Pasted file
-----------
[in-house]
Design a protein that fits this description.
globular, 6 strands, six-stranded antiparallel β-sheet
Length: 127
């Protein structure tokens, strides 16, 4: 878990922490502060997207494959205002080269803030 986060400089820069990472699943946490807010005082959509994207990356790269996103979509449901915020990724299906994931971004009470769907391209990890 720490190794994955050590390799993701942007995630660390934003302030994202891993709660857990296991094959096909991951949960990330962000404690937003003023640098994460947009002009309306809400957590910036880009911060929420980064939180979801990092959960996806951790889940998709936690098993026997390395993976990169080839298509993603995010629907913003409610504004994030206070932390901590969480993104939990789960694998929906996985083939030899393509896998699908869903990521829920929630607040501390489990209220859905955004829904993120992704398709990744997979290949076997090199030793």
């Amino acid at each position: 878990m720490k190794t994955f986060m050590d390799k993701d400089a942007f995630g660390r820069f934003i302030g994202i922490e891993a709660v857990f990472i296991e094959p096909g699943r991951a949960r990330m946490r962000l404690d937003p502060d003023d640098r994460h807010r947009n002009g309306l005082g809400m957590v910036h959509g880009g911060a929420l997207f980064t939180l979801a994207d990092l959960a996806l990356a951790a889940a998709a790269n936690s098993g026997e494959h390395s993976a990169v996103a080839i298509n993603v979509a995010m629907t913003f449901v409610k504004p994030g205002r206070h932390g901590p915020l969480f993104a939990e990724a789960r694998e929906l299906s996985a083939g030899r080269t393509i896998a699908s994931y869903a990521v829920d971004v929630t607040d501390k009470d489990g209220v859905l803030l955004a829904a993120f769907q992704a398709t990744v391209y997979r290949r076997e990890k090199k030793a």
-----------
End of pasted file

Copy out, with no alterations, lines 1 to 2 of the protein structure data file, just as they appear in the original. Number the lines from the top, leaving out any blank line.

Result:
[in-house]
Design a protein that fits this description.